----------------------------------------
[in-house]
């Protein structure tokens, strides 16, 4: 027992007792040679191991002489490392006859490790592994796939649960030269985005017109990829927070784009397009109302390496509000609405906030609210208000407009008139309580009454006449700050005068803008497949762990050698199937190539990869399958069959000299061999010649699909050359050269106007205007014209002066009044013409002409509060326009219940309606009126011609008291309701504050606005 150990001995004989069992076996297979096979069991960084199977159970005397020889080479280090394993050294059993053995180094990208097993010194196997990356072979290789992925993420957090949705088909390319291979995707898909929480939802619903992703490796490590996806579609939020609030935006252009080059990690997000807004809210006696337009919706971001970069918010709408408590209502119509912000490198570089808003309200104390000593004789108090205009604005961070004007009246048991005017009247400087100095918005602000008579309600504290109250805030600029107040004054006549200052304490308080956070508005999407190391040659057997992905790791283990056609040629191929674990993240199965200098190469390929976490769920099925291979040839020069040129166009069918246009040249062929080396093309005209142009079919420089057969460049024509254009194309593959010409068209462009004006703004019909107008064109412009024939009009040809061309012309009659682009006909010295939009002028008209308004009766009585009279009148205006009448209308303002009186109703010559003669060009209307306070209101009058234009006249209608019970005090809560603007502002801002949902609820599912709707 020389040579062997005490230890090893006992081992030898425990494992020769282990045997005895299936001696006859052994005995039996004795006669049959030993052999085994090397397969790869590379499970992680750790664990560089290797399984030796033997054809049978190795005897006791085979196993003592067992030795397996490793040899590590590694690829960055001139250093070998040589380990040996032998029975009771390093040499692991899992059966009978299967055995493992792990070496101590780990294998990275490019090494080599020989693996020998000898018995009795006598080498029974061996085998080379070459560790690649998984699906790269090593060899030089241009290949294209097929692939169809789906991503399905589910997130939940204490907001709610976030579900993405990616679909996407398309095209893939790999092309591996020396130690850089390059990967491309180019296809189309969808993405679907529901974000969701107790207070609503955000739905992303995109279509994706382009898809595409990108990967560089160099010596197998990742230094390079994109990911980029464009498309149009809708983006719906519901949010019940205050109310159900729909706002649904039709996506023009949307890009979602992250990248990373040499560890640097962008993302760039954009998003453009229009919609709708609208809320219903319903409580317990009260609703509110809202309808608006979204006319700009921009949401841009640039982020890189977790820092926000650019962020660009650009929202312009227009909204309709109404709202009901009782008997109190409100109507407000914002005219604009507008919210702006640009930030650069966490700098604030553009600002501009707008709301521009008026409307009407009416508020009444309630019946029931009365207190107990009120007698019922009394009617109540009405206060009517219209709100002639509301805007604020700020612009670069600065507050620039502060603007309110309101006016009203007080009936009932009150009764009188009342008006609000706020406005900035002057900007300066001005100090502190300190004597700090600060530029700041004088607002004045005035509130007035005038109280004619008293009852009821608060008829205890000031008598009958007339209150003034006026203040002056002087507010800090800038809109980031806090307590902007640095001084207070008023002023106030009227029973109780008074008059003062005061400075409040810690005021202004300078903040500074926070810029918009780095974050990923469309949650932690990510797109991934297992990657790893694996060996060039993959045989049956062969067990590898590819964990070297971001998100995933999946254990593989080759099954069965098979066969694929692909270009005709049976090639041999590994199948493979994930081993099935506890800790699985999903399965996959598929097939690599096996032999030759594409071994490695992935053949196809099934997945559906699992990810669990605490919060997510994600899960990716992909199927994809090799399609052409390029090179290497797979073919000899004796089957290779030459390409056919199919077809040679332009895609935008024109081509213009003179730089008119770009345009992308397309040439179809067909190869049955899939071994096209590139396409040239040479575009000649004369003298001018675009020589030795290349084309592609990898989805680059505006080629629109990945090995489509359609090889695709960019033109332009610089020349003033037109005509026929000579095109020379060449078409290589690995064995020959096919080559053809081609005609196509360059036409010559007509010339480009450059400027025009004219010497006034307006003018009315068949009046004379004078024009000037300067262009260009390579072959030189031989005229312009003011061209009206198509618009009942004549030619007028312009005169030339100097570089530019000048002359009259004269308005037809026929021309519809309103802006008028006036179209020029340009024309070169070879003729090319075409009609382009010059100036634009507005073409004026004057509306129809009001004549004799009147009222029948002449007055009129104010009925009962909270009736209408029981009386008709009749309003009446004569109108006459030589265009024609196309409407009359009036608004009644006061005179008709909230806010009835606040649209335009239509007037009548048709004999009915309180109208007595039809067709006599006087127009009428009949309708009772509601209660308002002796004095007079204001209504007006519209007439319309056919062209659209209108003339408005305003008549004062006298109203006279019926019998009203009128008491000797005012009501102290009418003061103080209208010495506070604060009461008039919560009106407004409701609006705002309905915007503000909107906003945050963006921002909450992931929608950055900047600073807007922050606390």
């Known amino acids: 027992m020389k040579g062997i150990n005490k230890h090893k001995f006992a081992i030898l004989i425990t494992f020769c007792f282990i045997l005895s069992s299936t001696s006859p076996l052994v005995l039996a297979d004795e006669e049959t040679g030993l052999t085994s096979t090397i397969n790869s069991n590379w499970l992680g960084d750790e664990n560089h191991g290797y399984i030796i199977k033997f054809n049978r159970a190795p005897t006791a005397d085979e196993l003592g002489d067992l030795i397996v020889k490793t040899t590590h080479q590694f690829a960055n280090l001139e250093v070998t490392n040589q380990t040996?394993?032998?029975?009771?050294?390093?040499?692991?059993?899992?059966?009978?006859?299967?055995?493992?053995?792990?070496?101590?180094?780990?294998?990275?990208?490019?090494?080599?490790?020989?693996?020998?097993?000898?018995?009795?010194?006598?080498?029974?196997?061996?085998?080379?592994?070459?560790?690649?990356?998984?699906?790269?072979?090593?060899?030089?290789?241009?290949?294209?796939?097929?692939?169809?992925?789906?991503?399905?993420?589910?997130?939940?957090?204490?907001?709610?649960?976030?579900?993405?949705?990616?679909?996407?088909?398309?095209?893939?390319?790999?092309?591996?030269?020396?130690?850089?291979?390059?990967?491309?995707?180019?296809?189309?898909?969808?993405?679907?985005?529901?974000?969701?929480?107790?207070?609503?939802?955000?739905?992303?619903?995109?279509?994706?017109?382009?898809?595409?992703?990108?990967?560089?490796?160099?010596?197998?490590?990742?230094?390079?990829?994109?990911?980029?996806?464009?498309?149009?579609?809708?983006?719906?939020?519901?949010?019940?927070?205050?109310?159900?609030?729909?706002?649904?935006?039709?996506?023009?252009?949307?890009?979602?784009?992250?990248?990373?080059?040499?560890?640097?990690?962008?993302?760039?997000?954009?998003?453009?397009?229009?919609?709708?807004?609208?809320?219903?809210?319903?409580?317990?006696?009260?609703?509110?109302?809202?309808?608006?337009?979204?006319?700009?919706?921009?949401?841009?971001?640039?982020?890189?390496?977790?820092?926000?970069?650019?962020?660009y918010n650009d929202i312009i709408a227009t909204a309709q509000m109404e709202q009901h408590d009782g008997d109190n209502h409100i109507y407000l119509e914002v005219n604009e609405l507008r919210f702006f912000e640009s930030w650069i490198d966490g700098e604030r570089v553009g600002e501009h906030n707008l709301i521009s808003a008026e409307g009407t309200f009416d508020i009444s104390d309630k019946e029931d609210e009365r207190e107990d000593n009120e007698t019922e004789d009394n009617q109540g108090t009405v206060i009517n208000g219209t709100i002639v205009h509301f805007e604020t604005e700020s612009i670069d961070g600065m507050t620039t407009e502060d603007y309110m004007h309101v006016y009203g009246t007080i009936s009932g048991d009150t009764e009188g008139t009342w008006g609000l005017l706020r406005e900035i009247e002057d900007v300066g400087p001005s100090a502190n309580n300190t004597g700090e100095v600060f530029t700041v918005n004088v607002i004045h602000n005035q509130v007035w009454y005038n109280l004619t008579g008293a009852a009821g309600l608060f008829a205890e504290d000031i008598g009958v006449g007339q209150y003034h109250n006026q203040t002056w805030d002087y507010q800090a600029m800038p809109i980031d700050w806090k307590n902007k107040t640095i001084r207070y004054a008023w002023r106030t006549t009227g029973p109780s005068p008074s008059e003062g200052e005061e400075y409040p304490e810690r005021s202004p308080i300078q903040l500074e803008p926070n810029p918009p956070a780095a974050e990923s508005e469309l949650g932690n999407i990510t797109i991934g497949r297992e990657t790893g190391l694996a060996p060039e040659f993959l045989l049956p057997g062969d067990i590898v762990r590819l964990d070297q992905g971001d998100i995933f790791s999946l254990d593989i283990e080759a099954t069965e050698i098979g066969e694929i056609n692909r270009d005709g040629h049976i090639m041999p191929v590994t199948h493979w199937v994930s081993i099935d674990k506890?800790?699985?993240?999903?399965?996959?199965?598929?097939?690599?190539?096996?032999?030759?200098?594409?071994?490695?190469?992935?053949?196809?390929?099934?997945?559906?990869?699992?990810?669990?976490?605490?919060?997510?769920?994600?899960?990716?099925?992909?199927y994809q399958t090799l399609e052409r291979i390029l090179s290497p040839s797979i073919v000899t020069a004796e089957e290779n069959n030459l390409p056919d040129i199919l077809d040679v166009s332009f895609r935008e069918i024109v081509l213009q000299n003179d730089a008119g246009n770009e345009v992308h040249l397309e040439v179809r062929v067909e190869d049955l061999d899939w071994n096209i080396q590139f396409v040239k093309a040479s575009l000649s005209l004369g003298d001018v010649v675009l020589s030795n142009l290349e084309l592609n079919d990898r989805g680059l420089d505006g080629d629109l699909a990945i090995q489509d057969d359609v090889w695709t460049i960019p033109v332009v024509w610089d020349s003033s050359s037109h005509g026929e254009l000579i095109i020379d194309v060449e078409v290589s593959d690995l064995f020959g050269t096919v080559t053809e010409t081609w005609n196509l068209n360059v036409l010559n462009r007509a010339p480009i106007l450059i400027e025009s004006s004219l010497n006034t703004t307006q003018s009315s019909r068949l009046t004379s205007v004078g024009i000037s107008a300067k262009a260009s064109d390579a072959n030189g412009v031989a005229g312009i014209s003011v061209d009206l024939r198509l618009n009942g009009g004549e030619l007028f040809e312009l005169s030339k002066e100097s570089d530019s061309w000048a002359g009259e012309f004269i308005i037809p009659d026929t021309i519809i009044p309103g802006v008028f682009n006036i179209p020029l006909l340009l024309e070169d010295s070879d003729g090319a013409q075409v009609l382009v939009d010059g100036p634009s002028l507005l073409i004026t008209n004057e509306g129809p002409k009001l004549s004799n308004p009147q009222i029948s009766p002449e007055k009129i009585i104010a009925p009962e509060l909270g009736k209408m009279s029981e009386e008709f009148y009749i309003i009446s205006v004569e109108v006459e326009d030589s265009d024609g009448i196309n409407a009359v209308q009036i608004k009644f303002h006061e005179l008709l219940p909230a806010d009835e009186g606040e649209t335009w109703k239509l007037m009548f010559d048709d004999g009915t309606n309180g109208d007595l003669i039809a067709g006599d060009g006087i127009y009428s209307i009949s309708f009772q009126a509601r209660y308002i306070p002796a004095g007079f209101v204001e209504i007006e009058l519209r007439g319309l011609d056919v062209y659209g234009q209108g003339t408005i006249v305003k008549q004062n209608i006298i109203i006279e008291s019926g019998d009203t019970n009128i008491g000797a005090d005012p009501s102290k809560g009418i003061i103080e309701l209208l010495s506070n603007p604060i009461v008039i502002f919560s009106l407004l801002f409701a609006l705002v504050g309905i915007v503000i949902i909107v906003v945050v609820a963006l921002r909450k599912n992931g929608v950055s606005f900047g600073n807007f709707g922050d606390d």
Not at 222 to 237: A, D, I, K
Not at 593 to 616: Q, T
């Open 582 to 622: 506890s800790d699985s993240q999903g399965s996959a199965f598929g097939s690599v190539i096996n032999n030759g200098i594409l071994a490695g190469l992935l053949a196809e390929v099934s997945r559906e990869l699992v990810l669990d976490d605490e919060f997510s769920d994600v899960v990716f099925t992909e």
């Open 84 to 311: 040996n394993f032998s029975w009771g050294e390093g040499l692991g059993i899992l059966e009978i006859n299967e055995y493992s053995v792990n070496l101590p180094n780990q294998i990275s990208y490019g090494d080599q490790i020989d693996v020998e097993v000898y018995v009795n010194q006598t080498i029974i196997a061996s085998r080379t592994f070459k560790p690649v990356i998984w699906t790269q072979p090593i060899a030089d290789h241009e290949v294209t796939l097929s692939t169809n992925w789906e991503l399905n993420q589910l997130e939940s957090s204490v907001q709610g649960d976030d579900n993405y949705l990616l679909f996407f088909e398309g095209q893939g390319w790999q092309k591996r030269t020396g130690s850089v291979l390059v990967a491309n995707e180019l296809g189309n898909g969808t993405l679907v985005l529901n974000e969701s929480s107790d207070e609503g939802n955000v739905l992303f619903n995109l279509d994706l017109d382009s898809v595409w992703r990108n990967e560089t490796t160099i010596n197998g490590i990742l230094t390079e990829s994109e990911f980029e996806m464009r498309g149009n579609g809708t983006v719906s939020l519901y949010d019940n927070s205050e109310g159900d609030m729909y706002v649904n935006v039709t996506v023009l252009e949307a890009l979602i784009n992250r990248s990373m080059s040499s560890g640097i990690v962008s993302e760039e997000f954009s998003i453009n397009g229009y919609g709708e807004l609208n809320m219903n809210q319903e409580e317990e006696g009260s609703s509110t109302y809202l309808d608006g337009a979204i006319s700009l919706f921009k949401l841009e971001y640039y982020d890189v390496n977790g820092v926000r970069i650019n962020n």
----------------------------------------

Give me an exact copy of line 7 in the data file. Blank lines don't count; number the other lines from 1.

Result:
């Open 84 to 311: 040996n394993f032998s029975w009771g050294e390093g040499l692991g059993i899992l059966e009978i006859n299967e055995y493992s053995v792990n070496l101590p180094n780990q294998i990275s990208y490019g090494d080599q490790i020989d693996v020998e097993v000898y018995v009795n010194q006598t080498i029974i196997a061996s085998r080379t592994f070459k560790p690649v990356i998984w699906t790269q072979p090593i060899a030089d290789h241009e290949v294209t796939l097929s692939t169809n992925w789906e991503l399905n993420q589910l997130e939940s957090s204490v907001q709610g649960d976030d579900n993405y949705l990616l679909f996407f088909e398309g095209q893939g390319w790999q092309k591996r030269t020396g130690s850089v291979l390059v990967a491309n995707e180019l296809g189309n898909g969808t993405l679907v985005l529901n974000e969701s929480s107790d207070e609503g939802n955000v739905l992303f619903n995109l279509d994706l017109d382009s898809v595409w992703r990108n990967e560089t490796t160099i010596n197998g490590i990742l230094t390079e990829s994109e990911f980029e996806m464009r498309g149009n579609g809708t983006v719906s939020l519901y949010d019940n927070s205050e109310g159900d609030m729909y706002v649904n935006v039709t996506v023009l252009e949307a890009l979602i784009n992250r990248s990373m080059s040499s560890g640097i990690v962008s993302e760039e997000f954009s998003i453009n397009g229009y919609g709708e807004l609208n809320m219903n809210q319903e409580e317990e006696g009260s609703s509110t109302y809202l309808d608006g337009a979204i006319s700009l919706f921009k949401l841009e971001y640039y982020d890189v390496n977790g820092v926000r970069i650019n962020n």